I remember that, during the height of the Celtic Tiger in Ireland, there were numerous seminars in Dublin hotels encouraging ordinary people to buy a second home in Spain, Portugal, Latvia, Hungry and even as far away as Turkey or Thailand. People were told that the property was cheap, Ryan Air would be flying into an airport close by, and the bank manager would advance the money. We will not be able to enjoy that kind of lavish living in a post-carbon world, where the demands of equity will dictate that poor countries have a moral right to use their fair share of carbon in order to move people out of poverty. I have never heard anyone at any COP say that, in low-carbon-based economy, affluence is doomed. In fact, one often hears the opposite, namely that a move to a green economy will promote economic growth and a new kind of affluence.
This is a new and strange kind of alchemy. If, as ecologists tell us, our ecological footprint at the moment is once-and-half what the planet can support with only 6.7 billion people, how will the planet cope with a population of 9 billion affluent people by 2050? As I walked back through the tourist city, I was convinced that it, and many more similar tourist cities around the world, are facing extinction. There is also the social apartheid – most of the workers are Mexican, while the tourists are from the U.S., Canada, Japan and Brazil. But that discussion is for another day.
I have often been critical of the Holy See’s lack of engagement with ecological issues. A case in point is that the Holy See, while here in Cancun with observer status, is not issuing a statement, though one could be helpful in breaking the deadlock on a number of fronts. I am reliably informed that this decision was made in Rome, presumably by the Secretariat of State. If the meeting would have been on divorce, abortion, same-sex marriages, I am sure the Holy See would make a contribution. Still, the Catholic Church is one of the few organisations which has understood what the lifestyle demands of a new sustainable world will be. In Peace with God the Creator, Peace with All Creation, the late Pope John Paul II wrote: “modern society will find no solution to the ecological problem unless it takes a serious look at its life style. In many parts of the world society is given to instant gratification and consumerism while remaining indifferent to the damage which this causes … Simplicity, moderation and discipline as well as a spirit of sacrifice, must become a part of everyday life, lest all suffer the negative consequences of the careless hubris of a few.”
Pope Benedict, in a document published on January 1, 2010, entitled, If You Want to Cultivate Peace, Protect Creation, repeats the same message. In No. 11 he writes, “it is becoming more and more evident that the issue of environmental degradation challenges us to examine our life-styles and the prevailing models of consumption and production, which are often unsustainable from a social, environmental and even economic point of view. We can no longer do without a real change of outlook which will result in new life-styles, in which the quest for truth, beauty, goodness and communion with others for the sake of common growth are factors which determine consumer choices, savings and investment.”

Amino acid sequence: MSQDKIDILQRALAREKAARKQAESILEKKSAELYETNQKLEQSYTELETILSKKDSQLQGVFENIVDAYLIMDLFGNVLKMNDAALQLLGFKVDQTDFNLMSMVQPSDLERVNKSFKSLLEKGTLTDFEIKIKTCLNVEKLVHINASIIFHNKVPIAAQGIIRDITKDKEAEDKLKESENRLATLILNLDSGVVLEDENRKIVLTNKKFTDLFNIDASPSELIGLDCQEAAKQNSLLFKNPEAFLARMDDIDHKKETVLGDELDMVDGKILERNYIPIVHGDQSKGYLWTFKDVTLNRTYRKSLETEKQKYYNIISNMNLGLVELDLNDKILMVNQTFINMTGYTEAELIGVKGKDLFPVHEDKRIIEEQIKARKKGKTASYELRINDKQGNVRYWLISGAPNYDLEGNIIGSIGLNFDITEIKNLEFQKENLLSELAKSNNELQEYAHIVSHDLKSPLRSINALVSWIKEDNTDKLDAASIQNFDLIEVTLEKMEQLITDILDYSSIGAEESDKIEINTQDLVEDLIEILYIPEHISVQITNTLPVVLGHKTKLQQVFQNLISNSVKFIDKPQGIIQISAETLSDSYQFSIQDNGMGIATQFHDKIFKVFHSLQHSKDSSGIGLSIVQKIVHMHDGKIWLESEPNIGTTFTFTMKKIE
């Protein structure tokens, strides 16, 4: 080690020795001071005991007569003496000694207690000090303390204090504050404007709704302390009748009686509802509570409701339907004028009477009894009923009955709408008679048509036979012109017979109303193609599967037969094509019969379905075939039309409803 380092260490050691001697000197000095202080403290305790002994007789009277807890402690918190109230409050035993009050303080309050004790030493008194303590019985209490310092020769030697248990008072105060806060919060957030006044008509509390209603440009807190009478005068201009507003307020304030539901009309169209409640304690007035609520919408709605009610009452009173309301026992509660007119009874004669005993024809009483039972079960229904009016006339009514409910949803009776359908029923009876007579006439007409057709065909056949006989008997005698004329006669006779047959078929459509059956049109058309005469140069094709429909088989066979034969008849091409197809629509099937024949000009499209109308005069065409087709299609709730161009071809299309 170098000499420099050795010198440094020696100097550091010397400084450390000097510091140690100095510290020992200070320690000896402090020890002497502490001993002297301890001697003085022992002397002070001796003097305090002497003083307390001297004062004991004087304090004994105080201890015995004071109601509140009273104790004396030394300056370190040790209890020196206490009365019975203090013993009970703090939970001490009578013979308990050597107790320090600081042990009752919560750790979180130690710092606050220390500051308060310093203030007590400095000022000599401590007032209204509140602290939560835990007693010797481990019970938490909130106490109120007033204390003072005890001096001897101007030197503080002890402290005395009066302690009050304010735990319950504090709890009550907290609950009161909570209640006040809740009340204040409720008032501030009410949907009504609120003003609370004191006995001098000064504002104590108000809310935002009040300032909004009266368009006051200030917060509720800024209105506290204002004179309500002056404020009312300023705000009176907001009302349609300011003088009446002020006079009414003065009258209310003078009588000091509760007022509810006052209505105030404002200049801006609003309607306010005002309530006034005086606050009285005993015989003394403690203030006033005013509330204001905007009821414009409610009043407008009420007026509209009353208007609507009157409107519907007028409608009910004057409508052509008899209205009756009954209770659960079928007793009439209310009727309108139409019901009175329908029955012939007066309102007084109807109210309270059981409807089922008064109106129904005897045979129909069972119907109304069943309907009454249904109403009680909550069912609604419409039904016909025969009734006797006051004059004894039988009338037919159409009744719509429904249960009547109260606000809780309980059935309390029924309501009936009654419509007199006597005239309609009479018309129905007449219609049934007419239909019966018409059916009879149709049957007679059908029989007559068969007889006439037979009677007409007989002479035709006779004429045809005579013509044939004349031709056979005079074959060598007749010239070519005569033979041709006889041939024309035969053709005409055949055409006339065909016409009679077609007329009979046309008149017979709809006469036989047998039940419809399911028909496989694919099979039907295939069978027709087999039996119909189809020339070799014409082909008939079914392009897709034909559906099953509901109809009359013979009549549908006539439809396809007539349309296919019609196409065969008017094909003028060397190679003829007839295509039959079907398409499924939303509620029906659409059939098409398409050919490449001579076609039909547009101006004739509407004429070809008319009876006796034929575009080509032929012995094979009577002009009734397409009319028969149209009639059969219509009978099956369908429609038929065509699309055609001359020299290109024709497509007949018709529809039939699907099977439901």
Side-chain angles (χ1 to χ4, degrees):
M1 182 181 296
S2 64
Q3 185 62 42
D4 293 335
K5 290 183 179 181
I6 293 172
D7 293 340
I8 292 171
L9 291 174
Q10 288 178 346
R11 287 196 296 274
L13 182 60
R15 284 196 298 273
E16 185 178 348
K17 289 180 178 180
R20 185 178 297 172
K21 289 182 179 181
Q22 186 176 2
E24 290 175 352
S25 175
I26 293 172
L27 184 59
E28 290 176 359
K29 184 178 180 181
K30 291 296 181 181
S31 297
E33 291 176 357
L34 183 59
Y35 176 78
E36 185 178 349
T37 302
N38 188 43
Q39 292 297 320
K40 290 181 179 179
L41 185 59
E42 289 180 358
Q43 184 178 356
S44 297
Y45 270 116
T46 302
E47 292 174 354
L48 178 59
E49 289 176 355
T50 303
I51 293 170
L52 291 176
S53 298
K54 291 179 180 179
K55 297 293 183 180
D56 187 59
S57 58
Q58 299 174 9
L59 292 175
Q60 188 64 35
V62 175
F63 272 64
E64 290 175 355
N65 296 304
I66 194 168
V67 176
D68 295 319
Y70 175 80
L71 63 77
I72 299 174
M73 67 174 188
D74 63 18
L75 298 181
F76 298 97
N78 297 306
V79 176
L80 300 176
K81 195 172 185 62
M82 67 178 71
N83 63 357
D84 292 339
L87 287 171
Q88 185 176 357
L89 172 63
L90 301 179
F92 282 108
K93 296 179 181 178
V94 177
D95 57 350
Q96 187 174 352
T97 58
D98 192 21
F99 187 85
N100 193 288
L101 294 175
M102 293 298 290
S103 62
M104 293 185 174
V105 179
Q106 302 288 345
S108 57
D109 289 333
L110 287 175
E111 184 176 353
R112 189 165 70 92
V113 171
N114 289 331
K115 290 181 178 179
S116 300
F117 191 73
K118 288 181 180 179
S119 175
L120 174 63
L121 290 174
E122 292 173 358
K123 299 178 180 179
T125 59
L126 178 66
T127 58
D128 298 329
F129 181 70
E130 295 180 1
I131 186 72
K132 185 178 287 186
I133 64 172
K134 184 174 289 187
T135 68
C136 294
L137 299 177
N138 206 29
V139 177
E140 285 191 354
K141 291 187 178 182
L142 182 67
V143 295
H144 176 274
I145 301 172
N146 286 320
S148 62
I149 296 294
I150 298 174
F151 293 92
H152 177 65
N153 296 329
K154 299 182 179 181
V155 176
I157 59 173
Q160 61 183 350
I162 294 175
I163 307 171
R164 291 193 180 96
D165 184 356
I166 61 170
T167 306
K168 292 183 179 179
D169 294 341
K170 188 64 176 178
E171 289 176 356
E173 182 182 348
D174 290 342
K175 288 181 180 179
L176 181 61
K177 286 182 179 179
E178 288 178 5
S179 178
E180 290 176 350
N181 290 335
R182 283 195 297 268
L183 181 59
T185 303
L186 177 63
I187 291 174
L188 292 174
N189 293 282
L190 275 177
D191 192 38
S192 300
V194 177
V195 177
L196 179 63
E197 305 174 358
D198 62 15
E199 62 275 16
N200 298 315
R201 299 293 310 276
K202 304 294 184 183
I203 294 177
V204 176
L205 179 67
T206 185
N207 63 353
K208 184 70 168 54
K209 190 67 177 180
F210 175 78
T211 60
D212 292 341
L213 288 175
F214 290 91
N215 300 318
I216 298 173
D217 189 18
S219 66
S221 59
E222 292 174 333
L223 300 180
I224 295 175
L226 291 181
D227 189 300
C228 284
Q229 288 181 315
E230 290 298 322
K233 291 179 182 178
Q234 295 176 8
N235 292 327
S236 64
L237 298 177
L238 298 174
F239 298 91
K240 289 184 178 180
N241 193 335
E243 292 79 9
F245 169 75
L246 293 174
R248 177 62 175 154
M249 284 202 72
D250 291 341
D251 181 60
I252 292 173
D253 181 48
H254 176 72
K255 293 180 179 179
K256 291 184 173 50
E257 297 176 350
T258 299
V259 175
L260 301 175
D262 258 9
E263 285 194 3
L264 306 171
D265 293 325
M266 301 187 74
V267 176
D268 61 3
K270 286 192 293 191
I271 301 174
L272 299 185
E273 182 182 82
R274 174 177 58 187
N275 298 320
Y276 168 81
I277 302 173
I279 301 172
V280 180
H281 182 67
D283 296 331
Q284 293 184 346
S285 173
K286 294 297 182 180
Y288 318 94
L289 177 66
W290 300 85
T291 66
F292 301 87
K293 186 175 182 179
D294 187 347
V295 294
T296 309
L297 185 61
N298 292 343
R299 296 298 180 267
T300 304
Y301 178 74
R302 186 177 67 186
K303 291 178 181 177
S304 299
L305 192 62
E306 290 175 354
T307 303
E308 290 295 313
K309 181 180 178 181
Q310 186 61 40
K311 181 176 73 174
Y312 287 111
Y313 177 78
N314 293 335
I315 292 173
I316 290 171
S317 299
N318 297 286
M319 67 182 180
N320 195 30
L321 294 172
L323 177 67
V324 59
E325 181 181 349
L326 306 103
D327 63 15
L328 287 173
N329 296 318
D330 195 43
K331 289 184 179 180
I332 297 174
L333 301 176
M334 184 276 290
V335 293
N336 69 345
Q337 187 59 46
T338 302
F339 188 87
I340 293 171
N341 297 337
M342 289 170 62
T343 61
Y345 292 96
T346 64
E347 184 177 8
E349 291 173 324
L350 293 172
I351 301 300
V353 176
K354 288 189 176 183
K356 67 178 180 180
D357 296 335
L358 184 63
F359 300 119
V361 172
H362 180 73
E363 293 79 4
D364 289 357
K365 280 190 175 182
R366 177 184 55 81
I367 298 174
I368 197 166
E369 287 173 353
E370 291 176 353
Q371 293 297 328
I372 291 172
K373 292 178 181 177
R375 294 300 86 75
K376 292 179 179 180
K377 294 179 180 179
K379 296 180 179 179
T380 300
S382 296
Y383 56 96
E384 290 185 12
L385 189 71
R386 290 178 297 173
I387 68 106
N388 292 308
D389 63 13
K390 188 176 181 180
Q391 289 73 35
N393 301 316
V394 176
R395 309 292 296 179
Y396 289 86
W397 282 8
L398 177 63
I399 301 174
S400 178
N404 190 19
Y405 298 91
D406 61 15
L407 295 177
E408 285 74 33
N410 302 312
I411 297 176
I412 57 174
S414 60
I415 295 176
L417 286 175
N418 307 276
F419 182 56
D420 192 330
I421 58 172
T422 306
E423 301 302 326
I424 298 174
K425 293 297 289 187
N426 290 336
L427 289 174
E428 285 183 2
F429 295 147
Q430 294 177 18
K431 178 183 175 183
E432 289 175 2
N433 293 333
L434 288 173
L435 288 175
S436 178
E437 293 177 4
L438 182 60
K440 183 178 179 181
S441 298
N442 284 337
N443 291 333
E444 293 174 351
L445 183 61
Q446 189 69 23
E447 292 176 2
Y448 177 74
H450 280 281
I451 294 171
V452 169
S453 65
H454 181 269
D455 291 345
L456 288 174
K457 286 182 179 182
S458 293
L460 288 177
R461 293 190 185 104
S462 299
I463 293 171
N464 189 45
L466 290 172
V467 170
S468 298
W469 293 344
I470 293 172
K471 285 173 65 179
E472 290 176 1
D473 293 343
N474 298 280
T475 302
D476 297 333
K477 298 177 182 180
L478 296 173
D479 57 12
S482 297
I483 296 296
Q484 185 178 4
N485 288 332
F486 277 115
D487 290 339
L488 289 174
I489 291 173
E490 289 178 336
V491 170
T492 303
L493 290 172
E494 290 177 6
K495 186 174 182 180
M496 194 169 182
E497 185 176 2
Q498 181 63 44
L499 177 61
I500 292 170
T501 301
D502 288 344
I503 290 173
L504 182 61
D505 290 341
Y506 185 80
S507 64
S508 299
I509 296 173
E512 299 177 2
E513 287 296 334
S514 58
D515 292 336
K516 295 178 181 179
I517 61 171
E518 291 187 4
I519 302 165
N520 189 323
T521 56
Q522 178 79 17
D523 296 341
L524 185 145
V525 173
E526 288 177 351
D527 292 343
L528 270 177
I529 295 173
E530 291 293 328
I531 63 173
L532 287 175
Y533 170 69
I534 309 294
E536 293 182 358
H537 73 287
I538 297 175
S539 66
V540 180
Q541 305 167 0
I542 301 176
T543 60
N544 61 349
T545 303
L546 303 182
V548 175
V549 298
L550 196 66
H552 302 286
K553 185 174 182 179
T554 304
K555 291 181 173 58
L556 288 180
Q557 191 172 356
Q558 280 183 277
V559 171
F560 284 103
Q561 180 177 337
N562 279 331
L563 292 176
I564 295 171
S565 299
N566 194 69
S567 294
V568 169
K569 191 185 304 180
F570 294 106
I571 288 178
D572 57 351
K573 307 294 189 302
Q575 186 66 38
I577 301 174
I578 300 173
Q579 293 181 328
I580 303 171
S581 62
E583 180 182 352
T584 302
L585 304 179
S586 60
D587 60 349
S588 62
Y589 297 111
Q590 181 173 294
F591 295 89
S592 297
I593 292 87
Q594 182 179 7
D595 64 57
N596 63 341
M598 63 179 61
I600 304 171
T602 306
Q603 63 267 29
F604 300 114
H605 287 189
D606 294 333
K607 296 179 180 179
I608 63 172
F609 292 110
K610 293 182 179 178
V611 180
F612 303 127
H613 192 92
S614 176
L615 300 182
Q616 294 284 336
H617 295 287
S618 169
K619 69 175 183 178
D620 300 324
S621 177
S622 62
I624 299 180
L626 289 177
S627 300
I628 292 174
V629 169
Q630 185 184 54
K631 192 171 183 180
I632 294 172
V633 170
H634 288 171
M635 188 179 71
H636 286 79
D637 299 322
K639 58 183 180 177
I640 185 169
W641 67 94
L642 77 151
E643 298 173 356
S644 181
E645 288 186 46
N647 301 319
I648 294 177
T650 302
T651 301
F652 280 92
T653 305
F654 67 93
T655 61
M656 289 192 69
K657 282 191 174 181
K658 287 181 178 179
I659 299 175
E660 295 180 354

The third eureka moment happened in a very different space. At both the Cancun Messe and the Moon Palace there are meditation rooms. I spend most of my time at this COP at Cancun Messe and have popped into the mediation room at least once each day. During none of my visits have I seen another person in the room. I remember after the Earth Summit in Rio de Janeiro talking to the Brazilian economist Marcos Arruda. Marcos felt that there would have been a much better outcome, if more philosophers and less economists and politicians had been present at the meeting. At least philosophers, in the style of Socrates, would ask the questions which everyone else fears and avoids.
There is no doubt in my mind that people here at Cancun, government parties, members of the CSO organisations and scientists, are working very hard around the clock trying to tease out viable solutions to climate change. Their effort is huge and I salute them, however, one cannot help wondering whether it might be somewhat easier if they took 30 minutes a day to settle down and meditate. Maybe some of the solutions might emerge from silence rather than a frenzy of activity.
There was another aspect of the meditation room which intrigued me. There were no chairs. It would appear that those who arranged the meditation room believed that meditation is primarily for the Asian religious traditions, where people can squat in lotus-like postures on the ground for long periods of time. Almost 30 years ago, I spent six weeks in an Ashram in Southern India and had no problem sitting on the ground as I had been used to that position during the Eucharist at the small chapel in Mindanao State University in Marawi City where I was assigned at the time. But time has taken its toll on my lower back and hips which means even the half-lotus position is no longer possible. Now any meditating I do is sitting upright in a chair. So, I felt discriminated again by those who organised the mediation room. Yes, in terms of ideas, it is very good one, but in terms of getting it right for every potential user, I would reluctantly have to fail them. Maybe this is a metaphor for the whole COP.
As I write on Thursday morning, December 9, 2010, the mood here at Cancun has changed from quiet optimism to brooding pessimism, given the slow progress of the negotiations. The Japanese have come under huge pressure to soften their stand on a second Kyoto commitment period, but they are sticking to their guns. Many feel that with only two days left for the negotiations, little will be achieve. Most difficult issues will be kicked to touch to be decided in South Africa in 2011. But COPs have a bad habit of kicking to touch, but never throwing the ball back in again to resume play.
Some are hoping that there might be an agreement on issues such as REDDs so that, at least, there is some tangible result from all the work and effort here at Cancun.